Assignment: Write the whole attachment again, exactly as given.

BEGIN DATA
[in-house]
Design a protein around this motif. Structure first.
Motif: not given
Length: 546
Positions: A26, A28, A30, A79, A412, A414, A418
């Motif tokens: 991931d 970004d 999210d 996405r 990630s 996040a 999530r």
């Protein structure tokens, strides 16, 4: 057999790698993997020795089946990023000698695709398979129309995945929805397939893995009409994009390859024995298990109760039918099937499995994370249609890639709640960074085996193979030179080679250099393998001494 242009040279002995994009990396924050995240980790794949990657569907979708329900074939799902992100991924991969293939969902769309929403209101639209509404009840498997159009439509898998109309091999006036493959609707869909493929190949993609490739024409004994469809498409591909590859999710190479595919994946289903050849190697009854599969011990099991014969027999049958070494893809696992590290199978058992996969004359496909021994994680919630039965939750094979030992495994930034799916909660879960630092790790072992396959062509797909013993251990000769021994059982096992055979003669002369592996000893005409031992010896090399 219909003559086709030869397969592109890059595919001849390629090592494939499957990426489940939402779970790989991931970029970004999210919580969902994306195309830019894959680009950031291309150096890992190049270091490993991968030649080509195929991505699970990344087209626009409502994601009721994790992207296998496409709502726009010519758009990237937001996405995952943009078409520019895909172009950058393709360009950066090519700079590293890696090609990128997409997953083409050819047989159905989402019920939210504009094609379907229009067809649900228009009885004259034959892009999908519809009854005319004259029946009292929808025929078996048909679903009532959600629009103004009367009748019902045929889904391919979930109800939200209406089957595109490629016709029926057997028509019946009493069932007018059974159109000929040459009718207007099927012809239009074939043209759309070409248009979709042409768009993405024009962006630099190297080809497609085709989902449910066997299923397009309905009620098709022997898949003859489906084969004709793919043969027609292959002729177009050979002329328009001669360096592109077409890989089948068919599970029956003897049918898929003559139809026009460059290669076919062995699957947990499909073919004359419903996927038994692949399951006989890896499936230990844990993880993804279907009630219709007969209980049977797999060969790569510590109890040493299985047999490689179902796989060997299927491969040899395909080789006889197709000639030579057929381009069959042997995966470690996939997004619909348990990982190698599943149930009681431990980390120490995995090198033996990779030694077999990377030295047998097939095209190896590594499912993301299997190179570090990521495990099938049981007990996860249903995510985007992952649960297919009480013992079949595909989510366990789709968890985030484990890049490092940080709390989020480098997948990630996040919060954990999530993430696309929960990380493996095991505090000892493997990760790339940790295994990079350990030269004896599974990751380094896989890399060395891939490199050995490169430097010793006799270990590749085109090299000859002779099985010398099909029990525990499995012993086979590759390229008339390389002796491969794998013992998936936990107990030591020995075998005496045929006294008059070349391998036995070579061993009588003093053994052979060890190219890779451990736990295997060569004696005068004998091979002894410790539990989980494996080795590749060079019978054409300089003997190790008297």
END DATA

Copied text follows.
[in-house]
Design a protein around this motif. Structure first.
Motif: not given
Length: 546
Positions: A26, A28, A30, A79, A412, A414, A418
């Motif tokens: 991931d 970004d 999210d 996405r 990630s 996040a 999530r």
């Protein structure tokens, strides 16, 4: 057999790698993997020795089946990023000698695709398979129309995945929805397939893995009409994009390859024995298990109760039918099937499995994370249609890639709640960074085996193979030179080679250099393998001494 242009040279002995994009990396924050995240980790794949990657569907979708329900074939799902992100991924991969293939969902769309929403209101639209509404009840498997159009439509898998109309091999006036493959609707869909493929190949993609490739024409004994469809498409591909590859999710190479595919994946289903050849190697009854599969011990099991014969027999049958070494893809696992590290199978058992996969004359496909021994994680919630039965939750094979030992495994930034799916909660879960630092790790072992396959062509797909013993251990000769021994059982096992055979003669002369592996000893005409031992010896090399 219909003559086709030869397969592109890059595919001849390629090592494939499957990426489940939402779970790989991931970029970004999210919580969902994306195309830019894959680009950031291309150096890992190049270091490993991968030649080509195929991505699970990344087209626009409502994601009721994790992207296998496409709502726009010519758009990237937001996405995952943009078409520019895909172009950058393709360009950066090519700079590293890696090609990128997409997953083409050819047989159905989402019920939210504009094609379907229009067809649900228009009885004259034959892009999908519809009854005319004259029946009292929808025929078996048909679903009532959600629009103004009367009748019902045929889904391919979930109800939200209406089957595109490629016709029926057997028509019946009493069932007018059974159109000929040459009718207007099927012809239009074939043209759309070409248009979709042409768009993405024009962006630099190297080809497609085709989902449910066997299923397009309905009620098709022997898949003859489906084969004709793919043969027609292959002729177009050979002329328009001669360096592109077409890989089948068919599970029956003897049918898929003559139809026009460059290669076919062995699957947990499909073919004359419903996927038994692949399951006989890896499936230990844990993880993804279907009630219709007969209980049977797999060969790569510590109890040493299985047999490689179902796989060997299927491969040899395909080789006889197709000639030579057929381009069959042997995966470690996939997004619909348990990982190698599943149930009681431990980390120490995995090198033996990779030694077999990377030295047998097939095209190896590594499912993301299997190179570090990521495990099938049981007990996860249903995510985007992952649960297919009480013992079949595909989510366990789709968890985030484990890049490092940080709390989020480098997948990630996040919060954990999530993430696309929960990380493996095991505090000892493997990760790339940790295994990079350990030269004896599974990751380094896989890399060395891939490199050995490169430097010793006799270990590749085109090299000859002779099985010398099909029990525990499995012993086979590759390229008339390389002796491969794998013992998936936990107990030591020995075998005496045929006294008059070349391998036995070579061993009588003093053994052979060890190219890779451990736990295997060569004696005068004998091979002894410790539990989980494996080795590749060079019978054409300089003997190790008297």